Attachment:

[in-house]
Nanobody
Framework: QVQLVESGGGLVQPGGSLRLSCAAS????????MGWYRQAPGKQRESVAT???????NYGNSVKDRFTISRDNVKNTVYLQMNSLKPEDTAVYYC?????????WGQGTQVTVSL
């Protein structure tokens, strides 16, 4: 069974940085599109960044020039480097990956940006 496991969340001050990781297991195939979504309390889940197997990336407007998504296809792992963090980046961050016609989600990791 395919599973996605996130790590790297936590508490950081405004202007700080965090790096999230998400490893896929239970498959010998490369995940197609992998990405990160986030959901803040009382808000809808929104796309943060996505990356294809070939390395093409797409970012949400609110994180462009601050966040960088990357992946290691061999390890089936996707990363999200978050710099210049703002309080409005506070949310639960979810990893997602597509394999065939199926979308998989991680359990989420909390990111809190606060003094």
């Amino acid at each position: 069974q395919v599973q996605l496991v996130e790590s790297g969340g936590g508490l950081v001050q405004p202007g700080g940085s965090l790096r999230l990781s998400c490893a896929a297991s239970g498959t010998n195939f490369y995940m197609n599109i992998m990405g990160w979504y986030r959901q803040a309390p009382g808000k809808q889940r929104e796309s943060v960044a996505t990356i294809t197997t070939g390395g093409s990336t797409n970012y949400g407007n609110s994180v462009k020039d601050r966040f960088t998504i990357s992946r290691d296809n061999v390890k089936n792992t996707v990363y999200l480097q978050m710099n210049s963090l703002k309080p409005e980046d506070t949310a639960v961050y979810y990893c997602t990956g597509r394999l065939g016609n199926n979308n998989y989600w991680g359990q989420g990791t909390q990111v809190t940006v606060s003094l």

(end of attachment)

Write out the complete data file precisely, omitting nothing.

[in-house]
Nanobody
Framework: QVQLVESGGGLVQPGGSLRLSCAAS????????MGWYRQAPGKQRESVAT???????NYGNSVKDRFTISRDNVKNTVYLQMNSLKPEDTAVYYC?????????WGQGTQVTVSL
């Protein structure tokens, strides 16, 4: 069974940085599109960044020039480097990956940006 496991969340001050990781297991195939979504309390889940197997990336407007998504296809792992963090980046961050016609989600990791 395919599973996605996130790590790297936590508490950081405004202007700080965090790096999230998400490893896929239970498959010998490369995940197609992998990405990160986030959901803040009382808000809808929104796309943060996505990356294809070939390395093409797409970012949400609110994180462009601050966040960088990357992946290691061999390890089936996707990363999200978050710099210049703002309080409005506070949310639960979810990893997602597509394999065939199926979308998989991680359990989420909390990111809190606060003094």
């Amino acid at each position: 069974q395919v599973q996605l496991v996130e790590s790297g969340g936590g508490l950081v001050q405004p202007g700080g940085s965090l790096r999230l990781s998400c490893a896929a297991s239970g498959t010998n195939f490369y995940m197609n599109i992998m990405g990160w979504y986030r959901q803040a309390p009382g808000k809808q889940r929104e796309s943060v960044a996505t990356i294809t197997t070939g390395g093409s990336t797409n970012y949400g407007n609110s994180v462009k020039d601050r966040f960088t998504i990357s992946r290691d296809n061999v390890k089936n792992t996707v990363y999200l480097q978050m710099n210049s963090l703002k309080p409005e980046d506070t949310a639960v961050y979810y990893c997602t990956g597509r394999l065939g016609n199926n979308n998989y989600w991680g359990q989420g990791t909390q990111v809190t940006v606060s003094l």